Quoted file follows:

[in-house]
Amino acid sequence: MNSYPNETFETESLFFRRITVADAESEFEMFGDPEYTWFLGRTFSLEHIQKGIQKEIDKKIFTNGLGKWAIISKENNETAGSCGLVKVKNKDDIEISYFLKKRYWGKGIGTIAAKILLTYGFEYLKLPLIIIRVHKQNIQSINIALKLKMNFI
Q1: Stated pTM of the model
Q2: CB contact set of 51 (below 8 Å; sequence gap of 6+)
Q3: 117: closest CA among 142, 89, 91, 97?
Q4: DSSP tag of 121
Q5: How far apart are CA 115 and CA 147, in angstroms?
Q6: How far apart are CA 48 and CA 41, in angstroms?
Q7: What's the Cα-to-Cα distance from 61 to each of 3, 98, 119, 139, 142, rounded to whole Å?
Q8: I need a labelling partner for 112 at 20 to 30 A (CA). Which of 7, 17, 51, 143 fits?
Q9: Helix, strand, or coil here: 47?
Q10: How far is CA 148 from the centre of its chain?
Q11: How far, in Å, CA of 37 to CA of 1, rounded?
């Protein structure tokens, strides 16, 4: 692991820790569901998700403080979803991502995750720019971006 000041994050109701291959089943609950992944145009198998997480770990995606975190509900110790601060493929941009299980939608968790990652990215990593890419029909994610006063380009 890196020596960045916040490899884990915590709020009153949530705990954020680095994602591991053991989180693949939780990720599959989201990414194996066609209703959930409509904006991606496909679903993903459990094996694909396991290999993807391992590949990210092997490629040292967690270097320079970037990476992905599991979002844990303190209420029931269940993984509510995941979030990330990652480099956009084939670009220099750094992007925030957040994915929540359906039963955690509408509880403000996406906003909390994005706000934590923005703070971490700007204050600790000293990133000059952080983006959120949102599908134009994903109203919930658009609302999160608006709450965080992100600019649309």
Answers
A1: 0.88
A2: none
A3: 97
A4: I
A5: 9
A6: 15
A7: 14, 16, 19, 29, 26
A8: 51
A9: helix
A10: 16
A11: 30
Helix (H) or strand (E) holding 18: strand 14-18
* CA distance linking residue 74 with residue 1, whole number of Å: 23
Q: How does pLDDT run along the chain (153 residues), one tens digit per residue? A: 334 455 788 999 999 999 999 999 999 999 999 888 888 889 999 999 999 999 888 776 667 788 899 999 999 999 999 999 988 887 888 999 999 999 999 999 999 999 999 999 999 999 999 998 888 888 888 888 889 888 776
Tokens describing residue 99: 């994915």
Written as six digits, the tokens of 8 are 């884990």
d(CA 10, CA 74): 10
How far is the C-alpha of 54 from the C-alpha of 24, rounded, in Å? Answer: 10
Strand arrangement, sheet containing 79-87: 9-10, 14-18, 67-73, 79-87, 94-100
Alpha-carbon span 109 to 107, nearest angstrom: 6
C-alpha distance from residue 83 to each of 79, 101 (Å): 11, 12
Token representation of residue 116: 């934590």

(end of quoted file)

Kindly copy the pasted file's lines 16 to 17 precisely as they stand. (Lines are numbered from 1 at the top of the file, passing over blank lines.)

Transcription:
A1: 0.88
A2: none